It’s May, it’s hot, and we’re exhausted. I think that pretty much sums up how we’re all feeling in education right now.
At this time of year, the work load piles up, commitments inside and outside the classroom mount, as does the feeling of being utterly overwhelmed.
Each morning for the past couple weeks, I’ve felt like my primary goal to get through the school day is to put out as many fires as possible – the hotter the fire, the more important it is to complete. But like a simmering forest fire, it never really goes out – simply pops up somewhere else because there just isn’t enough water to quench it. Marking, meetings, exam writing, graduation prep, students at risk, track and field, culminating presentations, prom committee – on and on it goes.
But today I got a bit of relief. A breath of fresh air, really, that reminded me why I became a teacher and what the purpose of our profession really is: relationships. It’s really that simple.
My gentle reminder came in the form of a few simple words from one of my favourite teacher mentors, whose retirement party I happened to be attending this evening. When reflecting on his long career in education, his parting words were to “forget about everything else, and focus on building relationships with kids.” Simple, but powerful.
Sometimes we get so bogged down by the other ‘stuff’ associated with education that we forget about what it really is, at its core. Relationships are necessary before any learning can take place, and great teachers worry most about building, cultivating and enjoying the relationships they’ve built with students – whether it be in the classroom, at band practice, in the gym, through student council or a school club.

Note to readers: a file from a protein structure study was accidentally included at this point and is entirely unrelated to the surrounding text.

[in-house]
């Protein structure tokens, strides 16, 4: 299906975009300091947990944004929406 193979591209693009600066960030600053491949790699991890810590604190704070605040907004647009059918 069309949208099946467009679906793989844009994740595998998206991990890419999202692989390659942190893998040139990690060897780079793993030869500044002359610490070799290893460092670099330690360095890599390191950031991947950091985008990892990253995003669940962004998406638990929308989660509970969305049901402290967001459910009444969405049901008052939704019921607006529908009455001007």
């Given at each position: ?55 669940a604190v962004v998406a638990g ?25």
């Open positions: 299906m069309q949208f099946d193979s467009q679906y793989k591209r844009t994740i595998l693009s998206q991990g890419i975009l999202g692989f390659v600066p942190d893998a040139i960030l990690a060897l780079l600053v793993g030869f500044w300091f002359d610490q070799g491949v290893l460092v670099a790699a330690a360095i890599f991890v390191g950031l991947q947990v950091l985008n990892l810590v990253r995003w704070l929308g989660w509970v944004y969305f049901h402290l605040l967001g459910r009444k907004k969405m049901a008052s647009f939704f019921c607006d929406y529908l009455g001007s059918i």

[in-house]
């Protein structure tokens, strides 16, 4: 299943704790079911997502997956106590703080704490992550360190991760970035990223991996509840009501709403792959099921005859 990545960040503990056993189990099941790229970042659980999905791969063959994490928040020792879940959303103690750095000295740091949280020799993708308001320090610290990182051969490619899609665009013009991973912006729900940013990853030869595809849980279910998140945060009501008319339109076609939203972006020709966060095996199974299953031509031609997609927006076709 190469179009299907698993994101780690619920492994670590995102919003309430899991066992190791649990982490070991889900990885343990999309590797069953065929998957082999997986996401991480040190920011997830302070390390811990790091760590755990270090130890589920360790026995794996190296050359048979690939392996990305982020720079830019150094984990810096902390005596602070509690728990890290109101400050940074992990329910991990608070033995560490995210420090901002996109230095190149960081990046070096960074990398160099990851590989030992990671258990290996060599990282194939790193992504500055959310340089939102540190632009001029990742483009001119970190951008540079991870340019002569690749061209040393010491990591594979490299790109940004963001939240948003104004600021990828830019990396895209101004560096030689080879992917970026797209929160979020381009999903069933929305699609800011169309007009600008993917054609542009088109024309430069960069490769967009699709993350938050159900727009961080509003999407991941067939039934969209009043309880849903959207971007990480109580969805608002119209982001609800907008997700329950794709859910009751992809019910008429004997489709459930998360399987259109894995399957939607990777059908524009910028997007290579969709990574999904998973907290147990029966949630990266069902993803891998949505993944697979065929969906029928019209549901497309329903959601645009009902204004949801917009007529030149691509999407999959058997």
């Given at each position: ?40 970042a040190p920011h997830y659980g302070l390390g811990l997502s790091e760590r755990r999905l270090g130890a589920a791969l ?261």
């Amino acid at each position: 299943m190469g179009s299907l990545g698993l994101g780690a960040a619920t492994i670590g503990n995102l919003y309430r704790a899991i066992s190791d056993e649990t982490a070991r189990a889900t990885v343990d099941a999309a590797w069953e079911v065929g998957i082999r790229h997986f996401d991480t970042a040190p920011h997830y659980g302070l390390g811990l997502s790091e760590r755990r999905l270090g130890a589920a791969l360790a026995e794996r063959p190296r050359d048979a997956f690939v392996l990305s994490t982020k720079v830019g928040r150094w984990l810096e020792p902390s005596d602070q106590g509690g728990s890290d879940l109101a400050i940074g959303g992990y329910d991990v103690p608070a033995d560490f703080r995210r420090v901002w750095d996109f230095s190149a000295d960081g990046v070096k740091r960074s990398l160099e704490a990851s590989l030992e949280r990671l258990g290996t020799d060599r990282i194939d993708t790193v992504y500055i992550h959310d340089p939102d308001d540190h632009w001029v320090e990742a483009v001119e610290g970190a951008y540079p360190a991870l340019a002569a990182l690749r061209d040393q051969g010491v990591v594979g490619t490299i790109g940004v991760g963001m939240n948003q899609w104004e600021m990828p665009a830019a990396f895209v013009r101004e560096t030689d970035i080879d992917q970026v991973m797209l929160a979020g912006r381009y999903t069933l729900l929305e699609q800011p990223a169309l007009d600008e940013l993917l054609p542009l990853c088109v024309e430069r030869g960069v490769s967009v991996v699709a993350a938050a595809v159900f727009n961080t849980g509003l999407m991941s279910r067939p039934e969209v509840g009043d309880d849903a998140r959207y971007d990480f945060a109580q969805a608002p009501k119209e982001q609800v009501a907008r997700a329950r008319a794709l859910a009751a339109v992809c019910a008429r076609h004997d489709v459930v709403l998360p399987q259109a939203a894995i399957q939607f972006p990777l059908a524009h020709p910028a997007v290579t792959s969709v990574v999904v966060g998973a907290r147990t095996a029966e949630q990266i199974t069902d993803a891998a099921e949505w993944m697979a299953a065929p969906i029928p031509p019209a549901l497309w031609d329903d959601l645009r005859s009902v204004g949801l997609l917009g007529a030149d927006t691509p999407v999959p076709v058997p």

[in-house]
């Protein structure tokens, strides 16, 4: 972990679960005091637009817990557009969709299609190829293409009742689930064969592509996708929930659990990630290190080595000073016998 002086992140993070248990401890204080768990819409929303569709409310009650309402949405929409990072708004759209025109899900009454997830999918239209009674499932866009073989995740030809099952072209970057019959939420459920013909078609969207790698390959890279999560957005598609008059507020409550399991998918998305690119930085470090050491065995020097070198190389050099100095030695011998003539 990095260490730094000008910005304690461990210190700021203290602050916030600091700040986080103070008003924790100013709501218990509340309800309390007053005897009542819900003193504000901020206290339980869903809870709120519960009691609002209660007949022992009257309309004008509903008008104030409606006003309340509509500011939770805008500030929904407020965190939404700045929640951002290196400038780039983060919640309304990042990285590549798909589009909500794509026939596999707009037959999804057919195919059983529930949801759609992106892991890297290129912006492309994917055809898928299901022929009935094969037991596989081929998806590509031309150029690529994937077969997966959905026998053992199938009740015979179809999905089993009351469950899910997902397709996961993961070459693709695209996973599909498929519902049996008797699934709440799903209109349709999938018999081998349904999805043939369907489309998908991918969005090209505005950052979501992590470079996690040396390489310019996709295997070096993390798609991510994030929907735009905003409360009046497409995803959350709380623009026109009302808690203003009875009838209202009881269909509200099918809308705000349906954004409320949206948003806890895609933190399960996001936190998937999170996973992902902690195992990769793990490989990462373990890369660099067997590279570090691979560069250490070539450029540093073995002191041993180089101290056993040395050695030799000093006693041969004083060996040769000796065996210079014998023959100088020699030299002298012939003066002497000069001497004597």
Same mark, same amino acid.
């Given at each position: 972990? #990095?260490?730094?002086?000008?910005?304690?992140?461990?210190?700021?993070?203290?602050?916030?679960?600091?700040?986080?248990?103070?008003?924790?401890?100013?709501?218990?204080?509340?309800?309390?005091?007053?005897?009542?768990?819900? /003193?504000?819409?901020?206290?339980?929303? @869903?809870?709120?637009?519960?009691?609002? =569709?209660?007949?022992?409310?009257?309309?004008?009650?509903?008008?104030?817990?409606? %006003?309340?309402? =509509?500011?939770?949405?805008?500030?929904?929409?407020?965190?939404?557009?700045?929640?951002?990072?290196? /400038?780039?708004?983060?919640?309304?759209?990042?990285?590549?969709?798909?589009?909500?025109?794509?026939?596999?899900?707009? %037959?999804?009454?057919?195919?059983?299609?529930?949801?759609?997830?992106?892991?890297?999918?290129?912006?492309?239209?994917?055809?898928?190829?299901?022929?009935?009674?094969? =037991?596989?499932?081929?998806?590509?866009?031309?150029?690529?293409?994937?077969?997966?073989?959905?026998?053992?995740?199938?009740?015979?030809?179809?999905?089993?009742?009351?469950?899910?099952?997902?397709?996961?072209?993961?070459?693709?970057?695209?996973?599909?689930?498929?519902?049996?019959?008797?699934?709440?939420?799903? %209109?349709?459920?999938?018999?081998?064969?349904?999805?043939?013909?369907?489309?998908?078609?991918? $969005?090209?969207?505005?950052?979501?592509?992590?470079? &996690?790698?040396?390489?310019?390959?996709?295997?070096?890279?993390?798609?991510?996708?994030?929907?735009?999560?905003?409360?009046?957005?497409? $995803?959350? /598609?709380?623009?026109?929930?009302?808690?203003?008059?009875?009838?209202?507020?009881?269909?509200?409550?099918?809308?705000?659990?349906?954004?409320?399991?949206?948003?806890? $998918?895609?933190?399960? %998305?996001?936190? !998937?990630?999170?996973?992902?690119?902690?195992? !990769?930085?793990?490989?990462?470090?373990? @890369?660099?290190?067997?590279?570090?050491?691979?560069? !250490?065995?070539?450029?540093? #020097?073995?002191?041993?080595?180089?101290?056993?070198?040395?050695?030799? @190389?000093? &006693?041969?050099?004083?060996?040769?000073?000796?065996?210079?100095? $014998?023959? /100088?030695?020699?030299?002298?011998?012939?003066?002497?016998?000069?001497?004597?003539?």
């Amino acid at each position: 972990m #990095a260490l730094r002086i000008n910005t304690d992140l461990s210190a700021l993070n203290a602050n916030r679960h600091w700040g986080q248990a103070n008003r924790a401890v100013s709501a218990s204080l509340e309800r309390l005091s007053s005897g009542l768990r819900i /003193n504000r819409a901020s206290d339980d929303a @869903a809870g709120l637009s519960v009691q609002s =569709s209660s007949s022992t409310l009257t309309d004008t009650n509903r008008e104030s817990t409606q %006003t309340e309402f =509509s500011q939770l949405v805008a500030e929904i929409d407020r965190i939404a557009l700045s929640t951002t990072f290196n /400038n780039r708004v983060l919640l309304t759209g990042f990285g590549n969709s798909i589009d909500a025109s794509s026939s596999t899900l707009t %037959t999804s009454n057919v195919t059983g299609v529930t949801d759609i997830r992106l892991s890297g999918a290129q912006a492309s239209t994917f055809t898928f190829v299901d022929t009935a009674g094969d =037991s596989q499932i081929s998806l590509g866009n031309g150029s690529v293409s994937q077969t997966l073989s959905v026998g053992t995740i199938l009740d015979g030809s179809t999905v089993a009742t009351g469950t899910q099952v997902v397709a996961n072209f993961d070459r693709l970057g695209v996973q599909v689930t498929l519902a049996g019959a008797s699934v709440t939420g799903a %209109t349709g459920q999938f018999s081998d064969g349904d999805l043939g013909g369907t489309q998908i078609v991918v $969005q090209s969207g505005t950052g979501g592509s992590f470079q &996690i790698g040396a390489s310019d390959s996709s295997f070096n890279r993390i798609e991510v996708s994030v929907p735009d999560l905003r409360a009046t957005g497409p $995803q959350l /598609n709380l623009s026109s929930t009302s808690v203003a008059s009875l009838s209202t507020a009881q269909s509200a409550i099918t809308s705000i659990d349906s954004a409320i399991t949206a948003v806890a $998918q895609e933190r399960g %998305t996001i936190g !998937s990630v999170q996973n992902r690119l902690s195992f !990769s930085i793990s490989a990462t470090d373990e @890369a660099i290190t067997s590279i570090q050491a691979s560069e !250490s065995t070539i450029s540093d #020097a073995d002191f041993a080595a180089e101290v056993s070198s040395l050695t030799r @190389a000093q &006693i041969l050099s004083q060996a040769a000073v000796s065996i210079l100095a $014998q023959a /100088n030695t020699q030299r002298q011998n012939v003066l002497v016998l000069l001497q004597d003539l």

Think about your own experience as a student. What do you remember? More importantly, WHO do you remember? My guess is that like me, it isn’t the teacher who had the best lessons, delivered the most curriculum, returned marking promptly, followed all the administrative and ministry rules or had the most organized classroom. To kids, none of this stuff matters, at least it didn’t to me.
I remember the teachers who laughed with me, teased me, spent time learning my likes and dislikes because they actually talked to me outside of ‘teaching.’ I remember my coaches, their support, guidance and life lessons about competition. I remember school trips when teachers let down their guard and experienced something with us – whether it be a museum, science experiment, skiing, skating or a day at the beach. I remember teachers who liked their jobs and thoroughly enjoyed creating meaningful experiences for kids.
I want to be the teachers I remember, because then kids will remember me.
I’m glad I had the opportunity to be reminded of how important relationships really are at this important, yet busy time of year. My goal for the rest of this school year is to try my best to be the teacher my students will remember, and let go of everything else.
How can you become the teacher you remember? Comment below!